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Microbubble Treatment of Gas Supersaturated Water

ARCADIS G&M, Inc.; Highlands Ranch CO.
USBR; Denver CO.
December 2001

Report #70 - Abstract -

Gas supersaturation is a result of air mixing with water under pressure and is often caused by rocks and riprap in a river or turbulent conditions such as those occuring near waterfalls or dams. Under these conditions, high pressures can be experienced and air can be entrained into the flow. Research and experience has shown that these supersaturated conditions, specifically high levels of dissolved nitrogen, can result in large fish kills caused by gas bubble disease (GBD). These high dissolved gas levels can also cause problems with irrigation pumps and municipal water treatment plants and intake structures. Reclamation has identified and conducted preliminary testing of a novel patented method for treated gas supersaturated water. The treatment is accomplished by introducing microbubbles that act as collection sites to remove the excess nitrogen. This report summarizes the development activities conducted in fiscal year 2000 and the test and evaluation conducted in fiscal year 2001.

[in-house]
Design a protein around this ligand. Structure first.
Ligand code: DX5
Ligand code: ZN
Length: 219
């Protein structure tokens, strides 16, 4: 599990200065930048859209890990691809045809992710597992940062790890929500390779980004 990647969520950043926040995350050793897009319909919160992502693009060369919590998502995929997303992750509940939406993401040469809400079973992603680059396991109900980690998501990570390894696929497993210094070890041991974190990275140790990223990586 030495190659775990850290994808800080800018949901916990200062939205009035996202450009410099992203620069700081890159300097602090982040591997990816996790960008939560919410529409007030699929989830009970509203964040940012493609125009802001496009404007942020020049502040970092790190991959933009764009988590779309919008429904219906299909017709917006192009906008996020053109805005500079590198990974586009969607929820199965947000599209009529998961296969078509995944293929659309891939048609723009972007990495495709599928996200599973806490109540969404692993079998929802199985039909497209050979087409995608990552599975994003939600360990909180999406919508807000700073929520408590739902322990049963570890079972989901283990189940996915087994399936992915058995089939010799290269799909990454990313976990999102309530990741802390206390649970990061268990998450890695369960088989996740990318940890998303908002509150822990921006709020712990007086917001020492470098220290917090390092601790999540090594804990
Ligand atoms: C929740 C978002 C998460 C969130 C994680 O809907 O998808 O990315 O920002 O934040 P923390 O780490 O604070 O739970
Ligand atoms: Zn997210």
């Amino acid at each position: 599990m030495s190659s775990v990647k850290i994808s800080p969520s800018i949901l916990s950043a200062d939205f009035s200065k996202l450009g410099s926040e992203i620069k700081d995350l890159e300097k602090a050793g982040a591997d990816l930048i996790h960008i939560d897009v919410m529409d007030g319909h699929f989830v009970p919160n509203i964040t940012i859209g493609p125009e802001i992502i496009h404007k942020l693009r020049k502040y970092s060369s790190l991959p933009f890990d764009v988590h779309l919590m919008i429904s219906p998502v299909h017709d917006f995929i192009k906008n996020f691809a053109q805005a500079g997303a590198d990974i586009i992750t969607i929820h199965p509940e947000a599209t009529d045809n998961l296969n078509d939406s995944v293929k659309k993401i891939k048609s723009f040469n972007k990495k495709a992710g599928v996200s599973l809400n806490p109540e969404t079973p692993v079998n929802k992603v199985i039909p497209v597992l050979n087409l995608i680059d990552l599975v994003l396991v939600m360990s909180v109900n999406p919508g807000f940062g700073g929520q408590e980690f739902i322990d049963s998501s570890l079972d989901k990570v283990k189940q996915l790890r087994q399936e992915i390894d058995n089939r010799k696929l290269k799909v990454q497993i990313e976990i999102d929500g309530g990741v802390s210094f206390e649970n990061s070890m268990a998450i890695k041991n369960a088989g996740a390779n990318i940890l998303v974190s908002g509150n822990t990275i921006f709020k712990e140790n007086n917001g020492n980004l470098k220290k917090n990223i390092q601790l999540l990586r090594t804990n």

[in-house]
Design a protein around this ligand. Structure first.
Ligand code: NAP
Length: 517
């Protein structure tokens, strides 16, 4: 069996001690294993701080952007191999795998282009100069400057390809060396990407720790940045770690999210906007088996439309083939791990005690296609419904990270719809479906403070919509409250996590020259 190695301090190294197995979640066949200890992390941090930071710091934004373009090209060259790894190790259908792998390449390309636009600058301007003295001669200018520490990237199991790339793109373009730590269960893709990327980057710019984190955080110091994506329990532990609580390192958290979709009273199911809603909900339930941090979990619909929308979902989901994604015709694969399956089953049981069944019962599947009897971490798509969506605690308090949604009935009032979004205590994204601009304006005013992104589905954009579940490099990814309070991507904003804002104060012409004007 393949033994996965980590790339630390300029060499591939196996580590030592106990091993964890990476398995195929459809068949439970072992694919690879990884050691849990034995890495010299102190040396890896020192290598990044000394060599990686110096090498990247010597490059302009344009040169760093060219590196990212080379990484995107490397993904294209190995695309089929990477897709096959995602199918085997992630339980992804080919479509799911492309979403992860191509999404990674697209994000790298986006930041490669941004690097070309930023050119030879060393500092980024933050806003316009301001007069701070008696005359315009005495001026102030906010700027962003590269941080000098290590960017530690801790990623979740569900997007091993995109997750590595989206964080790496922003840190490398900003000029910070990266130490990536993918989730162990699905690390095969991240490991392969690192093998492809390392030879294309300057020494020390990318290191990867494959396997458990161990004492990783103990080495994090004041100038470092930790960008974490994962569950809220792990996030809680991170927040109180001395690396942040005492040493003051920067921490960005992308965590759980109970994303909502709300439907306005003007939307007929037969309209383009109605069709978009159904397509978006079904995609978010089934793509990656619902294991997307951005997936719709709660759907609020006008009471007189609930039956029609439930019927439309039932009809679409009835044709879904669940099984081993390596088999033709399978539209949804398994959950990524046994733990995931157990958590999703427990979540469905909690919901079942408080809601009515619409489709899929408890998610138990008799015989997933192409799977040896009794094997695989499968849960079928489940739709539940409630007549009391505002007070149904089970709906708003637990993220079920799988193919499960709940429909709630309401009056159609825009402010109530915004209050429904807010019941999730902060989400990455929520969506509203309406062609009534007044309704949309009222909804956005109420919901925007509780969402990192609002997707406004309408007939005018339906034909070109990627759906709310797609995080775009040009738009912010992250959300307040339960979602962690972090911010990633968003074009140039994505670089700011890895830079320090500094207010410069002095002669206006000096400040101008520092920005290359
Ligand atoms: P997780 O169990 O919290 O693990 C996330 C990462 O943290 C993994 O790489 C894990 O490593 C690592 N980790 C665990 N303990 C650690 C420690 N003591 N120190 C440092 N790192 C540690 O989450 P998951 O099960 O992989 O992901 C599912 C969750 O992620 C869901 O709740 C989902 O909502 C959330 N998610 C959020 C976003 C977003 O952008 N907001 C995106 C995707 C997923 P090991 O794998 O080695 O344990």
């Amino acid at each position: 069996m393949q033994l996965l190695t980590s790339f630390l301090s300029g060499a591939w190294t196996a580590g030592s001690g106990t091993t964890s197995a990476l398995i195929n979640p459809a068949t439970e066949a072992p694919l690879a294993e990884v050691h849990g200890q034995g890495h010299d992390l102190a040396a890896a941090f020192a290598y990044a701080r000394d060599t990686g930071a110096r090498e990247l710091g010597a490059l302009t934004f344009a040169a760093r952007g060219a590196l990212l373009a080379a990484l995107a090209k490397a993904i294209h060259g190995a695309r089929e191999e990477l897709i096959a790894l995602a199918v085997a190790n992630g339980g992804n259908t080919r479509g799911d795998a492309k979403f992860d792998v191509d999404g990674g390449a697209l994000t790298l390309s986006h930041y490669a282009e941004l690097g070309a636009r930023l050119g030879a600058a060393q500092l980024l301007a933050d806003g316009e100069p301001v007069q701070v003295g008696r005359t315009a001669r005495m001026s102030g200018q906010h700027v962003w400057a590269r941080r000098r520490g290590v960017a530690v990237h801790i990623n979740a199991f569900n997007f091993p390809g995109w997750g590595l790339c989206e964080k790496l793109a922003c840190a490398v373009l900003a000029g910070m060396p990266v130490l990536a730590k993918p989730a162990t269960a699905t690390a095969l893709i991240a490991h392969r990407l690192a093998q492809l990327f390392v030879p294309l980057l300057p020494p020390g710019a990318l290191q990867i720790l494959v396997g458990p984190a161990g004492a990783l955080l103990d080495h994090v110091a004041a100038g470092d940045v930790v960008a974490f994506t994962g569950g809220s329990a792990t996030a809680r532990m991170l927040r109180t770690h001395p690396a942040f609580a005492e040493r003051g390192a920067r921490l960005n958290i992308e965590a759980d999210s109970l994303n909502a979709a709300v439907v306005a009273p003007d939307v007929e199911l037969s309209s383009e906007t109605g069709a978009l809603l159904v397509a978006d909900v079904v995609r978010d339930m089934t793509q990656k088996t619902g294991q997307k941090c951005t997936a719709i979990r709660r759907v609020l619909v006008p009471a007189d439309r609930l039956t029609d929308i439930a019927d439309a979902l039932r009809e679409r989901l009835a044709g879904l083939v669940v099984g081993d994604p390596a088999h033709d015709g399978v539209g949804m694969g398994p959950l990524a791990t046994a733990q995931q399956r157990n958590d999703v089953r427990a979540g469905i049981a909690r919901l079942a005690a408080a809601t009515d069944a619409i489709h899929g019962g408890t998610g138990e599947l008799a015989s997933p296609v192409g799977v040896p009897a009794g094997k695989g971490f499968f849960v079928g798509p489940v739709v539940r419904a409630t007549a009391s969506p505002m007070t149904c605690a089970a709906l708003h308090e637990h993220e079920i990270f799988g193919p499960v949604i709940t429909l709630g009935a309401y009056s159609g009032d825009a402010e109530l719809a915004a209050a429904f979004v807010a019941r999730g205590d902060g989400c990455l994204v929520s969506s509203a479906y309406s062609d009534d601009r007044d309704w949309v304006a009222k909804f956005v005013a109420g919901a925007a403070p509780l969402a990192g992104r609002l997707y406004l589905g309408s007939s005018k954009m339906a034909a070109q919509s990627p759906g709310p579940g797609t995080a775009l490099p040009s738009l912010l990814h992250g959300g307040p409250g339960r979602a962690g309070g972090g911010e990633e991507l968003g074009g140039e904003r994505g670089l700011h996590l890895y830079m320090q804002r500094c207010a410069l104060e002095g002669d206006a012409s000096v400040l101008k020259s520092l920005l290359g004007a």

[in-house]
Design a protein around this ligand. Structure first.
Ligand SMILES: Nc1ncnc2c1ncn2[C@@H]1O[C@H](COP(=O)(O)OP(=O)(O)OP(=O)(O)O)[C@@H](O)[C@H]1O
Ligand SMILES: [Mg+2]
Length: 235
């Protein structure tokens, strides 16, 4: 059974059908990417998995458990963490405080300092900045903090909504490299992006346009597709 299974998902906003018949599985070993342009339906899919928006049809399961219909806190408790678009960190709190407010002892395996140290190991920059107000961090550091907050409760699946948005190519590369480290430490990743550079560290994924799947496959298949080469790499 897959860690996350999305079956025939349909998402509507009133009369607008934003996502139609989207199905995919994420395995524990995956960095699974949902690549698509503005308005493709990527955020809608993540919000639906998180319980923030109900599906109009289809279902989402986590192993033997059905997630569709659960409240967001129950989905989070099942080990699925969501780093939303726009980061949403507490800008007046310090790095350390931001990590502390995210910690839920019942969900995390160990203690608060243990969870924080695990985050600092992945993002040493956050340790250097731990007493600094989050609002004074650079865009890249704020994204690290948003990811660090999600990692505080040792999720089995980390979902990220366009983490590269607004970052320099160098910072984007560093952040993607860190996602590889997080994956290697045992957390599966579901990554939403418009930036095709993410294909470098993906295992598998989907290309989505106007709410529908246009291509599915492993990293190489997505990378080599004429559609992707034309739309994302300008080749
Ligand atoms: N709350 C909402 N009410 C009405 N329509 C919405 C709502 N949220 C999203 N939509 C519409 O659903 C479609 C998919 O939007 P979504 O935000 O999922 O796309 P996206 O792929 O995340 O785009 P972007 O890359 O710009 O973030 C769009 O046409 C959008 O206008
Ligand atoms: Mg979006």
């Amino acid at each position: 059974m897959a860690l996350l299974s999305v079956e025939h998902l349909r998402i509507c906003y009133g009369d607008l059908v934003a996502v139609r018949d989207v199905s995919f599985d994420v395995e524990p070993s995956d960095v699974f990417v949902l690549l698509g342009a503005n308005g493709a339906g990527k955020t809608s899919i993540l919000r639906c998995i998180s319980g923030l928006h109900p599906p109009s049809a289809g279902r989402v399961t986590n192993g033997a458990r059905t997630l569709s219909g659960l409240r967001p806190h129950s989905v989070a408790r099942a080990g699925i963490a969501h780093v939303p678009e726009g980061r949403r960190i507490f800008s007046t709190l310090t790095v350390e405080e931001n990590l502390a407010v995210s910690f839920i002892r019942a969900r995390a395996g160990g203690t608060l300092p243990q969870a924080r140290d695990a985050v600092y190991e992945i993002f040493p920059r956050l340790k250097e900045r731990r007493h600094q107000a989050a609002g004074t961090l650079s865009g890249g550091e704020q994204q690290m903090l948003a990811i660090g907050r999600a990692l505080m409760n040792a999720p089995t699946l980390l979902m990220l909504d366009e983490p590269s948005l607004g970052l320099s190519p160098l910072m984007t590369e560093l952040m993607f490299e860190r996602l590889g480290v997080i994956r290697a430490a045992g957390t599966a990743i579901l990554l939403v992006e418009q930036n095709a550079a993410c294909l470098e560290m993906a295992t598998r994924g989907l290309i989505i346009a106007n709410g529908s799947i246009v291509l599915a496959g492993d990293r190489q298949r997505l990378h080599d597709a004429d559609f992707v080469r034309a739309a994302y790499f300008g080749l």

For more information about the DWPR program, contact Kevin Price at: Bureau of Reclamation, 86-69000, PO Box 25007, Denver CO 80225; phone (303) 445-2260; or e-mail a message to MPrice@usbr.gov.